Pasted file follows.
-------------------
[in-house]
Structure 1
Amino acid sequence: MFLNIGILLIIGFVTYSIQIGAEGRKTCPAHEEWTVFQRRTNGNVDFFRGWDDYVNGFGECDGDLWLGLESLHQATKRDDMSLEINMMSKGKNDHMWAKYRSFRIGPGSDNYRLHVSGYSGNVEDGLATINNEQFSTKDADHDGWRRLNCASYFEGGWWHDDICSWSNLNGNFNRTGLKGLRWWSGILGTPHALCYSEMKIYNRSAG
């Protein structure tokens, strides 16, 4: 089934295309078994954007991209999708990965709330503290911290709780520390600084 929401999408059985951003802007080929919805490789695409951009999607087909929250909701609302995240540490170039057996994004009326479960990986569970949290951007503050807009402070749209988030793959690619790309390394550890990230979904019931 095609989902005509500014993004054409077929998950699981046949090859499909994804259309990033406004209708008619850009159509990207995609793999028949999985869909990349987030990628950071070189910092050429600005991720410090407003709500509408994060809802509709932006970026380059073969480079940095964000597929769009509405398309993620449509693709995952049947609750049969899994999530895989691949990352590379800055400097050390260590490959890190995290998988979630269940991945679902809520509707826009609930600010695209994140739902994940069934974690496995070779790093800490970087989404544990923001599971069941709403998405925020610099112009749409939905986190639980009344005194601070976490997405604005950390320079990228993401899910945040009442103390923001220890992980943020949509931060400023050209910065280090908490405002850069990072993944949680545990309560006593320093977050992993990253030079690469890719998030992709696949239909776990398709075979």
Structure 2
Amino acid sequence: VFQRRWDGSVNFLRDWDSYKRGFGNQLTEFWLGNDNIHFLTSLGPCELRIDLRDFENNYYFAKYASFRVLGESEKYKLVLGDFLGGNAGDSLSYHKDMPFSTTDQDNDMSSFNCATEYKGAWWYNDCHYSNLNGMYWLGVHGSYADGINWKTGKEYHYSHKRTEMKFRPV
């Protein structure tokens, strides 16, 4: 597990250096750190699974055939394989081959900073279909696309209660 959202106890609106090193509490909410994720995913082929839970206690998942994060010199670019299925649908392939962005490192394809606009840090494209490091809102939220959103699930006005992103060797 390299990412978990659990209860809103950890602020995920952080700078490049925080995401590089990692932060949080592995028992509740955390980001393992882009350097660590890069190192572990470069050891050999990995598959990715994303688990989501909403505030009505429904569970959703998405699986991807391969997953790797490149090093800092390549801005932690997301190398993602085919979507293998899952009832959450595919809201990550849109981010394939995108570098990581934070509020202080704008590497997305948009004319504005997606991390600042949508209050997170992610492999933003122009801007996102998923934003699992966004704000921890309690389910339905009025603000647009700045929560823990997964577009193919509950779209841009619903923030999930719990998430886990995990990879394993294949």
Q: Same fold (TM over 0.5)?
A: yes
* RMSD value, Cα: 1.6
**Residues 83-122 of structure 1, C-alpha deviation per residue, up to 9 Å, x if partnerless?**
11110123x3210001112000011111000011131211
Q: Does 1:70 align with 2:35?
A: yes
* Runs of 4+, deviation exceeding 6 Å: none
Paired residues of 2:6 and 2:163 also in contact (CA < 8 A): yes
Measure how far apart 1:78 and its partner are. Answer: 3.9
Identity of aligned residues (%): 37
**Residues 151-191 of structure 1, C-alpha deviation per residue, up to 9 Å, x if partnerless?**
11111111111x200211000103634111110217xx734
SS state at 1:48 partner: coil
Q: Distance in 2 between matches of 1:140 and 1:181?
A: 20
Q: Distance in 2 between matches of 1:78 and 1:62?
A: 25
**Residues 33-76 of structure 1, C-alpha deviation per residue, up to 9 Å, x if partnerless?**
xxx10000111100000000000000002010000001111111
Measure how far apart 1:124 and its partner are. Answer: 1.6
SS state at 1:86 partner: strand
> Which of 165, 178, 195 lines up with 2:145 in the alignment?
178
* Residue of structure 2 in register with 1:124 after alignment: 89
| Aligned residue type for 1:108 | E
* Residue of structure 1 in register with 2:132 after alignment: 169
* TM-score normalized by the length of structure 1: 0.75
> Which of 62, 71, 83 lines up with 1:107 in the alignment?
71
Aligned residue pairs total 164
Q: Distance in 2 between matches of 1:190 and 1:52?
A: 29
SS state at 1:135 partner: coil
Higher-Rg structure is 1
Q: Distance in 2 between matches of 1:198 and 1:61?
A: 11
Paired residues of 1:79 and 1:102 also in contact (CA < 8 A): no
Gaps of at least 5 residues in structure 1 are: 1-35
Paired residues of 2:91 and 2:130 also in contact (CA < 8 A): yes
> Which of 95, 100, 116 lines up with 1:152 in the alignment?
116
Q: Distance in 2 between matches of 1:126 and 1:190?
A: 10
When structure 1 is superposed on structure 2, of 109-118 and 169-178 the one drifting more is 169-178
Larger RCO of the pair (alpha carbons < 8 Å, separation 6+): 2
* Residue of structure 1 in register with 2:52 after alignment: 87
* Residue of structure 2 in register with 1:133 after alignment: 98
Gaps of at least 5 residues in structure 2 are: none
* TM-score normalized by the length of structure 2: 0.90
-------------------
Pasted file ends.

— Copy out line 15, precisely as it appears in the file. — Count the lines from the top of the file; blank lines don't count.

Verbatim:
* Runs of 4+, deviation exceeding 6 Å: none